Fleet providers are bracing themselves for a recall of some Toyota models amid concerns that almost 200,000 cars in the UK may have sticking brake pedals.
But providers claim that disruption to customers will be minimal, with drivers able to have their cars back on the road “the same day” in many cases.
James Lambert, head of PR at Lex Autolease, said his company was waiting for notification of the recall from Toyota before proceeding.
“We will get notification of the recall and then Toyota will decide whether or not to look at the vehicle,” he said, adding that any repairs would be carried out by a preferred supplier local to the customer, minimising the amount of time they would be without a car.
In the event of repairs taking longer than anticipated, Lex would provide a replacement vehicle, Lambert claimed.
He was unable to say precisely how many vehicles in Lex’s fleet were Toyotas, but admitted that the Prius, one of the models recalled, had been a “very popular” choice of car.
Csaba Ujuari, fleet services manager at ALD Automotive, said about 100 cars would be affected by the recall at his firm.
“Toyota have been very good in their communications and we have communicated everything to our customers,” he said.
“Any retrospective repairs which need to be done will be done as soon as possible.”
A spokesman for ING Car Lease, which as about 2,000 Toyotas out of a fleet of 50,000, said it was following advice from Toyota in deciding what best course of action to take.
John Lewis, chief executive of trade body the British Vehicle Rental and Leasing Association (BVRLA), called for “perspective” when dealing with any possible recall.
“Toyota will have to recall around 190,000 cars in the UK, but to put this in perspective, Vehicle and Operator Services Agency (VOSA) statistics show an average of a million vans and cars are recalled in the UK each year. This figure is likely to increase as vehicles are becoming more complex and manufacturers are sharing parts among each other and across a range of models.”
However, Lewis also suggested there should be a quicker way of issuing recall notices other than the traditional paper-based version.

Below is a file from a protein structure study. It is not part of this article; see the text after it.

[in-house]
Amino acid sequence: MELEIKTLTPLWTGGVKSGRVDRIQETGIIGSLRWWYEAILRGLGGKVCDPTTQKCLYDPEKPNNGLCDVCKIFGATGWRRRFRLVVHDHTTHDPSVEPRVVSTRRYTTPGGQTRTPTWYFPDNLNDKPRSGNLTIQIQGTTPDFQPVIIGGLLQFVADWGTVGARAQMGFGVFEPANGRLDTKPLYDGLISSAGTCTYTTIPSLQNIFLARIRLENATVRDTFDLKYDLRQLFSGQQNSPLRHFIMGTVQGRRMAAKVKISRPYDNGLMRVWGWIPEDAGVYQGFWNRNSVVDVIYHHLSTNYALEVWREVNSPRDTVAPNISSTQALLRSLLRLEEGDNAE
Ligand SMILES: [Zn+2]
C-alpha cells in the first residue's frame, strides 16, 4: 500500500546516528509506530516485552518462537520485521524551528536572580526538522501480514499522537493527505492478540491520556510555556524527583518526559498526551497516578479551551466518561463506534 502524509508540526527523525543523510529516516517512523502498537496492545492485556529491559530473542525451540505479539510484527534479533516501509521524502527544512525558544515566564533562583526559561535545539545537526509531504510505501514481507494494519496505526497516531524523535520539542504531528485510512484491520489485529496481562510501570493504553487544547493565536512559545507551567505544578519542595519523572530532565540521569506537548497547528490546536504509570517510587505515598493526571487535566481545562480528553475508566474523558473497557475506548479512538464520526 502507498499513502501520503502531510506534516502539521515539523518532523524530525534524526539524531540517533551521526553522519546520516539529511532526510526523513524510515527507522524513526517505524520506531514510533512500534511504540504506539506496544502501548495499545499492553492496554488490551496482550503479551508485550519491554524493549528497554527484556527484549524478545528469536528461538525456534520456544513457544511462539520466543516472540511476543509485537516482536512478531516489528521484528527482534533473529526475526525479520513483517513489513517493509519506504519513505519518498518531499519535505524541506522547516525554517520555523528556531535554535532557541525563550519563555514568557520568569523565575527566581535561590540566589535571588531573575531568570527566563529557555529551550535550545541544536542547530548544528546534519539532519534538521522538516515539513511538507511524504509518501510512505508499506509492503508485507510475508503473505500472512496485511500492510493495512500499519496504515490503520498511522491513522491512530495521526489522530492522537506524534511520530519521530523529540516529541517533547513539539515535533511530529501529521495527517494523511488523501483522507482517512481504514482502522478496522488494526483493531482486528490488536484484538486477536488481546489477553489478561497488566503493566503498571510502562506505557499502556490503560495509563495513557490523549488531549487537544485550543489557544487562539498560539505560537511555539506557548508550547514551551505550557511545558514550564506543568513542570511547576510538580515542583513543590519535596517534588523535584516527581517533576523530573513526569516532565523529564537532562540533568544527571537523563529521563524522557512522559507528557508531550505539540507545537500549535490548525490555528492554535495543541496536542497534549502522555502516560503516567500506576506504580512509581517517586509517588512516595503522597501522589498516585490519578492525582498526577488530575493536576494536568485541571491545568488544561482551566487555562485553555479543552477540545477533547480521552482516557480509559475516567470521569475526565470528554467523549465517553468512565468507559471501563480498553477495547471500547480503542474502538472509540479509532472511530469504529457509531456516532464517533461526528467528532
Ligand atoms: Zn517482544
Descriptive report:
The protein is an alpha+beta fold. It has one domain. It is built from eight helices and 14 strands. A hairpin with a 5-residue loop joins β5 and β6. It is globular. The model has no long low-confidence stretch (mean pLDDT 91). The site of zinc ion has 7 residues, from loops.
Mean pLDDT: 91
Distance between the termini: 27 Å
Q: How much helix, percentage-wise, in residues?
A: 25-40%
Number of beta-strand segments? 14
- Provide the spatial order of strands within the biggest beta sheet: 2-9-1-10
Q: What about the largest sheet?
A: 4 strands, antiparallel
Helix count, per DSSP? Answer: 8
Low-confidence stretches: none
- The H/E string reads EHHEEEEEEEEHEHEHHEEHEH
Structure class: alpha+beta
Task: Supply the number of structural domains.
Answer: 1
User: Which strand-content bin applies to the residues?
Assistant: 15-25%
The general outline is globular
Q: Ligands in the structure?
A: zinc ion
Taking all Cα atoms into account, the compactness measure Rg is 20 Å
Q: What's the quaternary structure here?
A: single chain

“At the moment, fleet operators are unable to initiate any recall actions until they receive these written notices, which can take up to four weeks. In the 21st century there should really be some form of electronic notification process that can take the place of this mass mail-out.
“For some time, the BVRLA has been working with vehicle manufacturers, VOSA and the Driver and Vehicle Licensing Agency (DVLA) to try and establish an online recall database that would reduce much of the time and cost involved with administering fleet recall notices. We hope that this recent high-profile problem, which has highlighted some of the shortcomings of the current recall system, will help give some added impetus to our cause.”
In a letter to customers dated 4 February, Mark Roden, general manager, Toyota and Lexus fleet services, stated: “We now have a fix [for the problem] and new parts have gone into production and we are taking all reasonable action to contact the owners or registered keepers of the vehicles affected and arrange rectification as quickly as possible.”
The Japanese car manufacturer later announced on 9 February that in the UK it will be recalling its hybrid Prius vehicle, having earlier recalled the Aygo, iQ, Yaris, Auris, Corolla, Verso and Avensis models across a range of years.